The main problem in extending a house so narrow in depth and height is to illuminate the central part, and to get the sunlight to penetrate to the ground floor level. Thus, the decision was to transform the main staircase into a skylight three stories high, like a huge lamp that brings light throughout the house to the ground floor, where the living room is.

This staircase is the place where family members meet, the public space of the house. When entering this space, a change of scale is experienced: long diagonal views open up, up to 10 metres long. A large volume of air has been introduced into a plot that seemed unable to contain it. Each room in the house participates in the light and cross visions through this space. The main level of the house appears to be level 3, the second floor, where the light is located. Thanks to a small patio, the house begins to be transparent on this level, where everything mixes: plants, light, rain, air, wood, fabrics, strollers... The staircase crosses the house by crossing the natural light that comes from above. It seems as if space is flowing upwards faster than itself…

There is an almost theatrical way of moving through the staircase, appearing and disappearing… as soon as the staircase touches the ground floor it becomes a kind of secret place. Whoever uses it surprisingly disappears and reappears under the arch.

Domestic activity

The family that commissioned the house, its future occupants, envisioned a very intense way of living, filling the interiors with everyday activities. Thus, the daily activities have been represented in every space, in every piece of furniture... The family fills all the rooms with their presence.

The couple with their two children followed the design process very closely, constantly commenting on how the house would help organise daily activities: Dolors would take care of the daily tasks of the house; the washing machine would be near the bathroom, in the parents' area; the food would be stored in the pantry under the fireplace; the kitchen, close to the garden, enjoying the sights and smells of the plants and the garden planted there; the garden would have a place to organise barbecues and to cook bread and pizzas with an earthen oven; bathing, eating, sleeping... While the boys would take responsibility for cleaning the upper floor. The meetings in our studio were getting longer and more intense, their comments never alluded to a special atmosphere or the use of a particular material, but rather intense conversations about household chores, which tend to be cyclical and exhausting, but which they faced with the illusion of making the house an aid to the list of tasks. Their enthusiasm was contagious, and we ended up drawing all these commissions, driven by their positive attitude.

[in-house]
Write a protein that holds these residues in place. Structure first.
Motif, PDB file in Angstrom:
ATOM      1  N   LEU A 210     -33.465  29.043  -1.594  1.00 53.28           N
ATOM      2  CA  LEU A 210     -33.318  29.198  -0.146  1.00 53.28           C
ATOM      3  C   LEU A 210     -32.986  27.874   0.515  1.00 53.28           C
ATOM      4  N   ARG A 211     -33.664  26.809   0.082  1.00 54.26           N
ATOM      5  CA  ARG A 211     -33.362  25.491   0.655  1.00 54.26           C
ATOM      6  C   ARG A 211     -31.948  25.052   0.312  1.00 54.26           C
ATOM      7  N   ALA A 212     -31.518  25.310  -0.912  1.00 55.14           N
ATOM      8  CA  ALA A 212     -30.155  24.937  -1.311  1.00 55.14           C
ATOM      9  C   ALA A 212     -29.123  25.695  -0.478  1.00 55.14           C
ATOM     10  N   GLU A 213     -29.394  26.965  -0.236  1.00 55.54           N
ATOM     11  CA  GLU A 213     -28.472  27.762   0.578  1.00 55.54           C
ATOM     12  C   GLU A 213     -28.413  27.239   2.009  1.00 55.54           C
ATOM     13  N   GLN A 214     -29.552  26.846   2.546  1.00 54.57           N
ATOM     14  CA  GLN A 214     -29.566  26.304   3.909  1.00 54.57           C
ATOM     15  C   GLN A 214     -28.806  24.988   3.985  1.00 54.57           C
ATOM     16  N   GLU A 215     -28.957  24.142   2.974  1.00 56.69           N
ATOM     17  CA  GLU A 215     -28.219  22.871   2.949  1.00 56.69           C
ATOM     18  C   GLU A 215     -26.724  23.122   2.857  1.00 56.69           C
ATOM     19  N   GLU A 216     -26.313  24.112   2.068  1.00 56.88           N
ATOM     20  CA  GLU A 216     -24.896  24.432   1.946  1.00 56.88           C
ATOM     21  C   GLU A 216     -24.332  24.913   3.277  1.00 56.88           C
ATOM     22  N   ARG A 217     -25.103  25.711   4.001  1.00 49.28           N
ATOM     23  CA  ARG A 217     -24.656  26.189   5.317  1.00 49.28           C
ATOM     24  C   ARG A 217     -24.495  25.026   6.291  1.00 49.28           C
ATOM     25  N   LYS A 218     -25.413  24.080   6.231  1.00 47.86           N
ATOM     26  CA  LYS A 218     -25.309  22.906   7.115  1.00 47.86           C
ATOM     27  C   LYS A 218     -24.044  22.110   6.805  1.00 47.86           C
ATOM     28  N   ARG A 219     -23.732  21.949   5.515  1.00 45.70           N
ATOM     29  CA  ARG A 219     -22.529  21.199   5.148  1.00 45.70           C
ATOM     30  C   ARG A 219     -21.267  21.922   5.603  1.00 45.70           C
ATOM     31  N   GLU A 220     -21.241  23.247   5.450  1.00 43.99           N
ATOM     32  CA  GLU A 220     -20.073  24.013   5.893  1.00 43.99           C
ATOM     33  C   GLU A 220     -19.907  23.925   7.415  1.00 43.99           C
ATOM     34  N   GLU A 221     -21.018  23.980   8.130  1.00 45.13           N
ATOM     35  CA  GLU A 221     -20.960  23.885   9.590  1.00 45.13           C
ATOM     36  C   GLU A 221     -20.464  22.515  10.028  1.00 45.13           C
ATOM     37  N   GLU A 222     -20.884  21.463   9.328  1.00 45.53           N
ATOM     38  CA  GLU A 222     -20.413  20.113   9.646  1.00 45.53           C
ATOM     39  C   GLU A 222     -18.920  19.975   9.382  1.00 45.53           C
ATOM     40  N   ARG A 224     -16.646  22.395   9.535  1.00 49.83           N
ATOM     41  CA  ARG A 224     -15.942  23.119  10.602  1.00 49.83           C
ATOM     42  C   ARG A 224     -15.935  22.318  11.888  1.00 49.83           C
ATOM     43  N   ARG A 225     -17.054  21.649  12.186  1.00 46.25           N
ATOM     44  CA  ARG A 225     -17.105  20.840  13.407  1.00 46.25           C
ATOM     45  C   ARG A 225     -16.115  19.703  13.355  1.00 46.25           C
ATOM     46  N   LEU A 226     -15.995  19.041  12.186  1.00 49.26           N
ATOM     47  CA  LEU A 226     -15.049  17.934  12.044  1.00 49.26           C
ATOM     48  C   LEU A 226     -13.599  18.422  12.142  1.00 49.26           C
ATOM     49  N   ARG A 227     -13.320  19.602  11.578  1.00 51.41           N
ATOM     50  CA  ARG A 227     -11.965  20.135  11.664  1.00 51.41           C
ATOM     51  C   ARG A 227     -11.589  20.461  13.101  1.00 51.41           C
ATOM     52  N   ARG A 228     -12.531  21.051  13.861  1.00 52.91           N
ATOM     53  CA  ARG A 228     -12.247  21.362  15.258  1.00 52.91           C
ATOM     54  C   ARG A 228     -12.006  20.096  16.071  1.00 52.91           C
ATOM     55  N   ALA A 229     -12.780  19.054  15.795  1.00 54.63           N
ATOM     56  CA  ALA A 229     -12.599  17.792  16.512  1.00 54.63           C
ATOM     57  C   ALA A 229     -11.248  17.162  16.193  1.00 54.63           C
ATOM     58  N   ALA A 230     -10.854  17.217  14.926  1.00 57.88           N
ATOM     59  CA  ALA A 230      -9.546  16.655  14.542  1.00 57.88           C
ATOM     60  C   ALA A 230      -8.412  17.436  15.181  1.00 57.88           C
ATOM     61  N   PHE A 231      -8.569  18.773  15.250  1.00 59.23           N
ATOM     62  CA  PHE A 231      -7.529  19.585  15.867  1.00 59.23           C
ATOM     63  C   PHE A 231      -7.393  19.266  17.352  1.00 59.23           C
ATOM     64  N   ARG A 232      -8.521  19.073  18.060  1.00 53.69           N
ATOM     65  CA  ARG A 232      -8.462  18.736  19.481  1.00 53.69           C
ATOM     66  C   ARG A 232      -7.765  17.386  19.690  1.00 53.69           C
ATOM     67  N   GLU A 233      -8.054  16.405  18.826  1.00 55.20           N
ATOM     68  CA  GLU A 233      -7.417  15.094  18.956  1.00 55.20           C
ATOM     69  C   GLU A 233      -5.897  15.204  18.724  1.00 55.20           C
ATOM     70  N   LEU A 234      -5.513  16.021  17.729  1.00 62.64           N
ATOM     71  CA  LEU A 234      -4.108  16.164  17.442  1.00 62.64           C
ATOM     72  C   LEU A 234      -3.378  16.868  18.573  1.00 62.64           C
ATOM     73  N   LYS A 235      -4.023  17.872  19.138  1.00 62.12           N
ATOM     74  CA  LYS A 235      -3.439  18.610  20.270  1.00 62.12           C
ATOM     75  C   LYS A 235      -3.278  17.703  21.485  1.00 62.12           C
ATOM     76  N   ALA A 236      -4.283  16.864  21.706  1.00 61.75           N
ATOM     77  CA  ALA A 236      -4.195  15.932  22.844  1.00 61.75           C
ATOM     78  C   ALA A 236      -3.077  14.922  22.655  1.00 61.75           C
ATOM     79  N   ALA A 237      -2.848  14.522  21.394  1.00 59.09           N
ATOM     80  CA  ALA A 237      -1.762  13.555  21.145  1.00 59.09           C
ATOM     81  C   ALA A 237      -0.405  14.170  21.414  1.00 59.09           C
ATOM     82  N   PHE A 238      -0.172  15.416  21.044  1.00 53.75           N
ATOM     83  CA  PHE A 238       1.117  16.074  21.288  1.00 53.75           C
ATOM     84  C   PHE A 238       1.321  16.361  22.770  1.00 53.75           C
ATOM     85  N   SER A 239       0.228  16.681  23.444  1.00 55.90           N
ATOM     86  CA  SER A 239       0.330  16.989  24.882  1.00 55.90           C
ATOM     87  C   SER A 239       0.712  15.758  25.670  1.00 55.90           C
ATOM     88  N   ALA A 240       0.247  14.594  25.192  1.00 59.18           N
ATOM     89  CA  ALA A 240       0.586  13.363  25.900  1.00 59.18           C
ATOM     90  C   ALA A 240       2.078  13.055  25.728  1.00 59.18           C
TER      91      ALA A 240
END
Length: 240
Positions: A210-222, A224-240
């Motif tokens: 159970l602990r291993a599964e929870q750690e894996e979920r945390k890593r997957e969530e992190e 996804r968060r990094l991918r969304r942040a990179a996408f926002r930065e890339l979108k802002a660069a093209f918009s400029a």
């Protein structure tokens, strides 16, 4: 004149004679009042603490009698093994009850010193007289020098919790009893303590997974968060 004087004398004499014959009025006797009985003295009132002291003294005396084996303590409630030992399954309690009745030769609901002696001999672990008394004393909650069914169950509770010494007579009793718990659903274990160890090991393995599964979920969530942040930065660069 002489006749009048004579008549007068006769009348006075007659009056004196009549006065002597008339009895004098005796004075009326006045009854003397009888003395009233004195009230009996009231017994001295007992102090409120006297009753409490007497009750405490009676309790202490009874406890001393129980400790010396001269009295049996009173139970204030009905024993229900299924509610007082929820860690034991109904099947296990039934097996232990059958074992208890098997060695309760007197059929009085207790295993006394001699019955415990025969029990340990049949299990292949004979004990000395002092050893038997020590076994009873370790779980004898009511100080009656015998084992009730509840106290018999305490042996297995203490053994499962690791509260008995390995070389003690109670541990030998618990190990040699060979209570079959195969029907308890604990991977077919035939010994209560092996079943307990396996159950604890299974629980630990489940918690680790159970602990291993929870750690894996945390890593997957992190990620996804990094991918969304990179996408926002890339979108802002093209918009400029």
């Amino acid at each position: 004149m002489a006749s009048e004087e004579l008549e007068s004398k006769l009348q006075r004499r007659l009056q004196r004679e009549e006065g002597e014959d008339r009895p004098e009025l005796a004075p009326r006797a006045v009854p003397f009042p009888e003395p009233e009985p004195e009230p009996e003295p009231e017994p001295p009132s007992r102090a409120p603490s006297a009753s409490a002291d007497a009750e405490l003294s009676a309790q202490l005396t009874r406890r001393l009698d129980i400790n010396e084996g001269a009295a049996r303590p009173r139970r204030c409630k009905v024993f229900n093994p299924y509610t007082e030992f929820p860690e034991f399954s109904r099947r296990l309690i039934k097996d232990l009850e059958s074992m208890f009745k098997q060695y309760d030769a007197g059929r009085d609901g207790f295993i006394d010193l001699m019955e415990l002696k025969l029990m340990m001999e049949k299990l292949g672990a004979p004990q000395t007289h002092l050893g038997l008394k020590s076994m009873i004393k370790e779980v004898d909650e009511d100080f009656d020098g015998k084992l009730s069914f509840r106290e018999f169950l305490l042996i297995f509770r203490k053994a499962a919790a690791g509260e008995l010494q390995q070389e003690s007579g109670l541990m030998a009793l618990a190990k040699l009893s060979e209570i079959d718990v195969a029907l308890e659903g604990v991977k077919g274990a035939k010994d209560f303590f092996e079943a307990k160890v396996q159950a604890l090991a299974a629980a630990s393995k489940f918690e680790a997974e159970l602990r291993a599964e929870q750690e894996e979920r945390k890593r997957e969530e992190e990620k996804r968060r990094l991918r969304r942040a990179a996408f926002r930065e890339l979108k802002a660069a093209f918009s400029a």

Organisation of the house

The two new façades, the front and the back, contain the rooms for the various members of the family: bedrooms, studies, a kitchen connected to the back yard...
The original staircase, located in the middle of the house, divides each floor into two areas, the one facing the street and the one facing the back yard.
The central area is where everything matches: smoke rising, light and water going down, people rising and descending.

The outer areas

Rear garden
The relationship between the house and its yard is clear and open. The patio is an extension of the interior of the house, a place to carry out daily outdoor activities. We could say that the social part of the house is concentrated towards the back, away from the street, in the quieter area related to the interior of the block. At the far end of the garden there is a shed to store garden tools, and a barbecue with a floor oven for cooking bread and pizzas.
The rear façade functions somewhat like a tower, with folds that make the block less compact, more fragmented, with several windows acting as individuals representing the occupants of the various rooms.

Upper terrace
The original house had a gable roof, without the possibility of outdoor activities. Directly related to the children's area, this upper floor is a new room open to the sky, quiet and solitary during the day, and at the same time a place to organise social activities in the summer nights.

Author: Flores & Prats Arquitectes